Daphne & Velma Blu-ray Review: Feels Forced and Missing Something

The early adventures of Daphne and Velma fall flat.
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Warner Bros. Home Entertainment provided Cinema Sentries with a free copy of the item reviewed.  The opinions shared are the writer's own.

As the Scooby-Doo fan in residence, the painful demise of the franchise has been swift.  The most recent series, Be Cool, Scooby-Doo! was problematic from the start but even with a couple interesting episodes, it ended poorly with the remaining episodes dumped onto the website.  A proud series that dates back to the Saturday mornings when Hanna-Barbera ruled the airwaves doesn't even rate a 30-minute spot on Boomerang anymore.  The one-off appearance crossover with Supernatural and the parody/tribute book Meddling Kids by Edgar Cantero showed some new life but it is fleeting and mostly under the pop culture radar.  Amidst this drop in popularity comes a direct-to-video film called Daphne & Velma as a live-action attempt to find a new tween fan base for the show starring the female leads.  Warner Bros has released the movie on DVD and Blu-ray on May 22, 2018 with only the very basic of promotions that even a fan like myself was slightly aware of what the movie was about.

The movie traces the origins of the friendship between Daphne and Velma.  The two have been online friends when Daphne Blake (Sarah Jeffrey) transfers to the super STEM-influenced, high-tech Ridge Valley High to join Velma Dinkley (Sarah Gilman).  The setup of typical high school hijinx take a turn when students start showing up as "zombies".  Don't think of Walking Dead or Day of the Dead zombies but more of sleep-walking and emotionless "zombies".  This is something only acknowledged by Daphne and Velma, with the adults clueless as to what's happening around them - the girls embark upon what is a derivative solution to the mystery made to make the viewer feel like it's somehow a Scooby mystery.  Throw in a few robots, spiders, and wacky gadgets and boom, mystery solved.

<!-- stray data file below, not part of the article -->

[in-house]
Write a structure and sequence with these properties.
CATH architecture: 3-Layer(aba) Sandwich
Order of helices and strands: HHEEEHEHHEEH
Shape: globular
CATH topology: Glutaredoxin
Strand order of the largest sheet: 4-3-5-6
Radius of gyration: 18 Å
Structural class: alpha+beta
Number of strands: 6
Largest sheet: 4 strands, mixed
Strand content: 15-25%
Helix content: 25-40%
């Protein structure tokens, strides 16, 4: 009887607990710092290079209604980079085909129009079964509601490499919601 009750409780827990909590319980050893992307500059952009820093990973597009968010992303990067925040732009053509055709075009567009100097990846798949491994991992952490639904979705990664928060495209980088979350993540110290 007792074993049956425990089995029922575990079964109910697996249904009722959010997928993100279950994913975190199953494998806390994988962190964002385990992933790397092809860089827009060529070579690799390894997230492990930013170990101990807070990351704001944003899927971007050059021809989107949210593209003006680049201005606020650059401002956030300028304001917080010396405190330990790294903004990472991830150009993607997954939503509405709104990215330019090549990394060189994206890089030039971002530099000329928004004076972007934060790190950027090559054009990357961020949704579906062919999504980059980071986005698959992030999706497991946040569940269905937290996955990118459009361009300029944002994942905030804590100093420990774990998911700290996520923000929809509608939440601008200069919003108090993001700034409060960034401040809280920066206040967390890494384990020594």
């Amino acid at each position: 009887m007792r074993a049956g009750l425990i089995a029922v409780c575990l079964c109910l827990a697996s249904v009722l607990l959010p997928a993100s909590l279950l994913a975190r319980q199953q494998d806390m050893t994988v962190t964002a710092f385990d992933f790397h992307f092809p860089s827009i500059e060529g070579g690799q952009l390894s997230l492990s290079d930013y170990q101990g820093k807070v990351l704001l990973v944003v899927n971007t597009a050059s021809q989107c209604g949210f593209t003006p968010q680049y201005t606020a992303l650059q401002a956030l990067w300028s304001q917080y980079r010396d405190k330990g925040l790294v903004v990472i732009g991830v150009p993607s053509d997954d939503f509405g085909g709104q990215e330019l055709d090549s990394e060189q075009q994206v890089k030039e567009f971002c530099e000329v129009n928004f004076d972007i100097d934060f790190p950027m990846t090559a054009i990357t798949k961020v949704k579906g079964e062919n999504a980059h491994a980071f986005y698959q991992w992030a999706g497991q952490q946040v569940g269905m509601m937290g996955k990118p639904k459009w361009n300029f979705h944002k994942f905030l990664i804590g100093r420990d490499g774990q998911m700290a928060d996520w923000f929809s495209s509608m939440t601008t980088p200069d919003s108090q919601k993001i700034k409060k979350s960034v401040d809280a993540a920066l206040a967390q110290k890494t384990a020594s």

I don't even know where to start.  If you have to call your product "Original Movie", I'd hope you were trying to live up to the word "original".  Turns out they barely lived up to the word "movie" at just barely a 75-minute entry.  The production is directed and acted and executive produced by women, which is a great message for the youth.  But it also feels like a bit of a dress-up play put together by people who have not put in much research to the franchise or characters.  The great thing about the series has always been how Daphne and Velma play key roles in solving the mysteries.  Their equality was never challenged.  Telling an origin story of the two women without the guys feels just like that - forced and missing something.  Take away the title character, a talking dog, and the comedy of how Daphne and Velma smartly play off Scooby, Fred, and Shaggy is lost.

This is a mess.  No matter how I try to spin it.  I just can't reconcile it from a Warner Bros' point of view.  Did they just need to give Ashley Tisdale something to produce?  The days of releasing movies directly to home video feels like a great 1998 move but not so much in 2018.  Release it to Netflix or Amazon or even some Cartoon Network site but why to DVD?  Who is this marketed for?  The movie appeals at best to the 10-to-14-year-old who probably mostly watches Nick and Disney XD.  I don't feel like they are big movers on the Blu-ray market. 

No one wants this franchise to work more than me.  But this isn't the path.  The template is there in the Supernatural episode and in Meddling Kids - this is an excuse for WB to not greenlight any new Scooby project for a decade.  I want more positive mystery-solving adventures, not low-budget retreads that don't humor or scare.  The Blu-ray includes extras "Daphne & Velma: A New Ambition", "Iconic Styles of Daphne & Velma Reimagined", and "An Updated Classic Mystery" that all try to make the release feel more attached to the franchise than the actual "original movie" does.  If your child is showing interest in the series - this isn't a good starting point.

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